Our decision hinges largely upon the meaning of the term "disability" or "disability benefits."

The estate takes the position that the legislature intended that "loss of income" after one's death, as well as *180 "loss of income" while one is recuperating, be covered by the policy.

On the other hand, State Farm submits that the word "disability," as used in the statute and in the policy, refers to lack of ability to earn while one is living.

The key concept embodied in PIP no fault coverage is that an injured person needs to promptly pay expenses necessarily arising out of injuries sustained, and needs support for himself and his family during the period of recuperation. The Act appreciates the fact that contested negligence tort actions are often prolonged and do not provide for the needs of injured persons at the time when the need is greatest. It is not the function of PIP no fault insurance coverage to provide funds for the creation or enhancement of one's estate. Such funds, if collected by an estate, would be subject to the payment of debts and/or distribution among heirs, or among beneficiaries under a will. The fact that one is not entitled to PIP no fault benefits does not, of course, limit his right of action in tort. Income which might have been earned after death is properly collectible in a tort action.

The purpose of PIP no fault coverage has been declared in the statute itself and must be considered in interpreting the statute.

"§ 56-11-20. Legislative declaration of purpose.

The purpose of this chapter is to require medical, surgical, funeral and disability insurance benefits to be provided without regard to fault under motor vehicle policies that provide bodily injury and property damage liability insurance, ..." (Emphasis added.)

As indicated hereinabove, our decision hinges largely upon the interpretation of the word "disability." In its usual connotation, it implies the inability of a living person to work. In one sense of the word, a person who is deceased is truly disabled, but one does not speak of a dead person as *181 being disabled. We will assume that the legislature intended the use of the word "disability" in its normal sense. The estate argues that since the statute requires insurers to pay funeral expenses which would arise after death, it also intended that loss of income arising after death also be covered by the statute. We think that such a result or conclusion requires a strained construction of words which have a plain and generally accepted meaning. In the interpretation of statutes and insurance policies, the rule is the same. Words should be given their plain, ordinary meaning. In the case of Marriot v. Pacific National Life Assurance Co., 24 Utah (2d) 182, 467 P. (2d) 981 (1970), the court, in construing an insurance policy, said:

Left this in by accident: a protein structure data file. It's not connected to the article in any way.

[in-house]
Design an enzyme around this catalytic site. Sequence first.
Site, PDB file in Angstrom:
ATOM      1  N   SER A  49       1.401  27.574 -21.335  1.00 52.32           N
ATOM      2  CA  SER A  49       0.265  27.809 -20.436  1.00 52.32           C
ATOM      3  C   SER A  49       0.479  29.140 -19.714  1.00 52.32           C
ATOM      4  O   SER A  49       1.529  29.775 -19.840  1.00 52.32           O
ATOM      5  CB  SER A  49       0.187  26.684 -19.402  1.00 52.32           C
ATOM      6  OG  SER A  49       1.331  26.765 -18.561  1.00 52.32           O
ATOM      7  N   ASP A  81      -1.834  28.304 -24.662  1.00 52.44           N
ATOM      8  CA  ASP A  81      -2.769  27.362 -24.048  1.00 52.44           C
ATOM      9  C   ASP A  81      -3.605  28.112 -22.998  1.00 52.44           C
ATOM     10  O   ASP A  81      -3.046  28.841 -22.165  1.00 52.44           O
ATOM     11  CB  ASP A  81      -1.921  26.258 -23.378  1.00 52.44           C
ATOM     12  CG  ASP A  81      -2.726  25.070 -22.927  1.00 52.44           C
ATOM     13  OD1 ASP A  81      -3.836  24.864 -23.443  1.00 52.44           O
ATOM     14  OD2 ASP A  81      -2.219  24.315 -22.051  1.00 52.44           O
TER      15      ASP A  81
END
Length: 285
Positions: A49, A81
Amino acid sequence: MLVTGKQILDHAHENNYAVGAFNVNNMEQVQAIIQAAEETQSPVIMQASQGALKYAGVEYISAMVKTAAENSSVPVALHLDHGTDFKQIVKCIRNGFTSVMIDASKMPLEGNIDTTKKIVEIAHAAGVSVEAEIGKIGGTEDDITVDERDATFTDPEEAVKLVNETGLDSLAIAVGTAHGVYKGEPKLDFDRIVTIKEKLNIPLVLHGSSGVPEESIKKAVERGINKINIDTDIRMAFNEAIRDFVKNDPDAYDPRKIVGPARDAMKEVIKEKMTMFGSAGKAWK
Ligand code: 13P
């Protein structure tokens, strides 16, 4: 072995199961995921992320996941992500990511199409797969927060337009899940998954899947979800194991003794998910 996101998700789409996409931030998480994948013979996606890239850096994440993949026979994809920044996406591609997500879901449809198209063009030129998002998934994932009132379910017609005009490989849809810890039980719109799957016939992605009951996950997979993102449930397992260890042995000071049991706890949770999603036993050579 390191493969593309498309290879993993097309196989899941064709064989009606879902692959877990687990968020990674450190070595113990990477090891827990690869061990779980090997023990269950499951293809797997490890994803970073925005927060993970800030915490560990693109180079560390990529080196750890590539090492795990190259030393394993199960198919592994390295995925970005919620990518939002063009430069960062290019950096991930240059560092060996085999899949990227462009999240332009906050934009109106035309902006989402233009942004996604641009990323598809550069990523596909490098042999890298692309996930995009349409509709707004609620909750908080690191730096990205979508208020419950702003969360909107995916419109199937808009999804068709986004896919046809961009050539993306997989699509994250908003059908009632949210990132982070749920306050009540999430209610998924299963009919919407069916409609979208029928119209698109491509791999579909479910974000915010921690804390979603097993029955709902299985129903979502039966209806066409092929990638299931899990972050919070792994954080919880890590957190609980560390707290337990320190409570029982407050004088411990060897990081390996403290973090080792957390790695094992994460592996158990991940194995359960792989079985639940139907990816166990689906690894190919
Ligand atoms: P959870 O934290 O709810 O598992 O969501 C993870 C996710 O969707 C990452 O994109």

"We are appreciative of the ingenuity of plaintiff's argument that when decedent was killed he was in one sense `disabled' in that he was `not able' to continue work, and thus the insurance should become effective at the end of the waiting period. However, in insurance, as in other contracts, it is proper to look to the ordinary usage and connotations of words to determine the meaning intended.... We think that in the frame of reference in which the term `disabled' is thus used it means something quite different from being `killed' and thus having one's life terminated entirely; and that to accept plaintiff's argument that the term `disabled' should include one who is killed, would require a hypertechnical distortion of language not in accordance with the meaning intended in the insurance contract."

We think that the legislature intended that the amount of the disability benefits which the insured of his representatives would be entitled to receive is measured by the income which the insured would have earned from the time of the accident which results in the disabling injury, to the time at which the disability ends. The period of disability logically would terminate either upon the recovery of the insured from his injuries, or upon his death. To construe disability as *182 continuing after the death of the insured would be to include death benefits in the Act, thereby transforming automobile liability policies into a form of life insurance. We do not believe that the words employed in the Act are susceptible of such an interpretation.